Burger (and taco) lovers rejoice. Researchers at the University of British Columbia have found a more accurate way of determining the purity of ground beef.
Thanks to a laser-equipped spectrometer and the power of analytics, food science students led by Prof. Xiaona Lu were able to determine with 99 per cent accuracy whether ground beef samples included unwanted animal products. What’s more, the procedure took less than five minutes. Their work was published this month in Scientific Reports.
The new method has the potential of changing the way food is inspected by industry and government regulatory bodies and could be used to battle food fraud, according to the UBC News.
Food fraud is the intentional misrepresentation of food products for economic gain. In the past five years for instance, there have been several high-profile scandals in the United Kingdom, Ireland, and Russia where lamb, chicken, and even rat meat were substituted for high-quality meat products.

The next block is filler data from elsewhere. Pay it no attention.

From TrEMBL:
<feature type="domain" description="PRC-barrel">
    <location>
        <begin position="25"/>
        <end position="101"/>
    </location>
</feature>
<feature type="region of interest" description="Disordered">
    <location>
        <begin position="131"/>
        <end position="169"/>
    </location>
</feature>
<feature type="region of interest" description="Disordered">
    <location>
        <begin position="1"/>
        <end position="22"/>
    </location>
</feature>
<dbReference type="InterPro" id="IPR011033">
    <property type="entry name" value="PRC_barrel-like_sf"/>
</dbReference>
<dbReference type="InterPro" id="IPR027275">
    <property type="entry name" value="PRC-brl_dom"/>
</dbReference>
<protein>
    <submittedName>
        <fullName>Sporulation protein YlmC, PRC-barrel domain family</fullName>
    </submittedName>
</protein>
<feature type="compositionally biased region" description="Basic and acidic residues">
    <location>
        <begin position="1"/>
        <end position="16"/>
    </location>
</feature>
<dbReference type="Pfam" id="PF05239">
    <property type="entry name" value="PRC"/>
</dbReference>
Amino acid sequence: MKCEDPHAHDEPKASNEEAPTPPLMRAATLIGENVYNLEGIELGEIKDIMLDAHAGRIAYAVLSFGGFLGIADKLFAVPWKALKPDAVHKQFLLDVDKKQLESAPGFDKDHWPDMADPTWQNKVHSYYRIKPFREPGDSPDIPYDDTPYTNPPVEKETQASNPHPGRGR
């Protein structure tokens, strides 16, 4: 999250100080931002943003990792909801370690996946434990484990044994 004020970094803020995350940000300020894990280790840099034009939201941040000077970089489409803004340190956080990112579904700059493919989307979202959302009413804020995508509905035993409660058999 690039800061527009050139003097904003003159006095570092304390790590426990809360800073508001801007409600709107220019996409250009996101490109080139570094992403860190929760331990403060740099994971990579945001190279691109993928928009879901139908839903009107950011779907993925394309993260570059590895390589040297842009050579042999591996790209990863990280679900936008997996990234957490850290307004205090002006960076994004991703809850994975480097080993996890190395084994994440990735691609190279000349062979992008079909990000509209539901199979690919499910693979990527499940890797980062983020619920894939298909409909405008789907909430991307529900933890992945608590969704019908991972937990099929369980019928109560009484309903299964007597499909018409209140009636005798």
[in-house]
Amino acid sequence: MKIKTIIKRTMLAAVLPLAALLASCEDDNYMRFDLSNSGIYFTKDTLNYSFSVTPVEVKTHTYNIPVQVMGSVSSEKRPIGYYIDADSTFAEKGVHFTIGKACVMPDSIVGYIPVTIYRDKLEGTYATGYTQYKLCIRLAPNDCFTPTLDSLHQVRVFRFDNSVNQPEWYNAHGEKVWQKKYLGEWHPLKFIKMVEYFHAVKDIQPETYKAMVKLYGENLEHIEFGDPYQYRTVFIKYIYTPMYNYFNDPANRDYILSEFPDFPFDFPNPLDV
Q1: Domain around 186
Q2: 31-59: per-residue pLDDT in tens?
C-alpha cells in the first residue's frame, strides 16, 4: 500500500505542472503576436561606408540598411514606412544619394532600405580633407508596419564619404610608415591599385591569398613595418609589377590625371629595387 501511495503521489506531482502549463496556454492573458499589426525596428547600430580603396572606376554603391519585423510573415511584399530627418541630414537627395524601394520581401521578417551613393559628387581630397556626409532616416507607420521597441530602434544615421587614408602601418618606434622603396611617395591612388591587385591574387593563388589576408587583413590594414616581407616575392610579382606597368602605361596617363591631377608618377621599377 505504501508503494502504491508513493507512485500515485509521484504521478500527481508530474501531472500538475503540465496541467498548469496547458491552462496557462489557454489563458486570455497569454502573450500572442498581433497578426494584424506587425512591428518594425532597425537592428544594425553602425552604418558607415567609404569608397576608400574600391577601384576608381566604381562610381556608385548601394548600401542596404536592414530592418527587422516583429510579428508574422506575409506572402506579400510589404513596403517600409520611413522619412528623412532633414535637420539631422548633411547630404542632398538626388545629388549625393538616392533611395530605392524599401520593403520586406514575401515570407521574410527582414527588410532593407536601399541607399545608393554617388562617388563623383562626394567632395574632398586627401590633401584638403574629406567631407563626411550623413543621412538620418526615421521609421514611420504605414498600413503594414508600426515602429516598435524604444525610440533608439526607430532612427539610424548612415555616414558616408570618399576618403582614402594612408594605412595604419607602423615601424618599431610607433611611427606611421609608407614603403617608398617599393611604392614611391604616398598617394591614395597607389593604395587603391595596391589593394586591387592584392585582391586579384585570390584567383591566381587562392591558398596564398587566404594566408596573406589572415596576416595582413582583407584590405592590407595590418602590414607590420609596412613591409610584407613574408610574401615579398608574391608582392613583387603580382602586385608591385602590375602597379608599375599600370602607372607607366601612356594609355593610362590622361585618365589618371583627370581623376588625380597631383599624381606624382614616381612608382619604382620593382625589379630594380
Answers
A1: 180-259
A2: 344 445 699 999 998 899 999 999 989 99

“By using this innovative technique, the detection of food fraud can be simpler, faster and easier,” said the study’s lead author Yaxi Hu, a PhD candidate in UBC’s faculty of land and food systems.
Generally, regulators rely on DNA testing to check the purity of meat products. While this method is efficient and accurate, it has some shortcomings.
For instance, DNA testing cannot identify organs such as livers, hearts, kidneys, stomachs, and offal mixed in with the meat of the same species.
To get around this, the UBC researchers resorted to using a spectrometer to detect other meat products that may have been added to batches of ground beef.
Since animal products have different compositions, their molecules absorb and scatter energy from the spectrometer in different ways.
The spectrometer picks up these different signals to produce an image of each product. These spectral images were used by the researchers to create a library of spectral images which can be compared to the image of an unadulterated ground beef.
This new method is an improvement over existing techniques such as liquid chromatography which requires meat samples to be liquefied with solvents before testing and takes more than an hour, said Hu.
The researchers now intend to create an affordable smart device that can be used by consumers at home.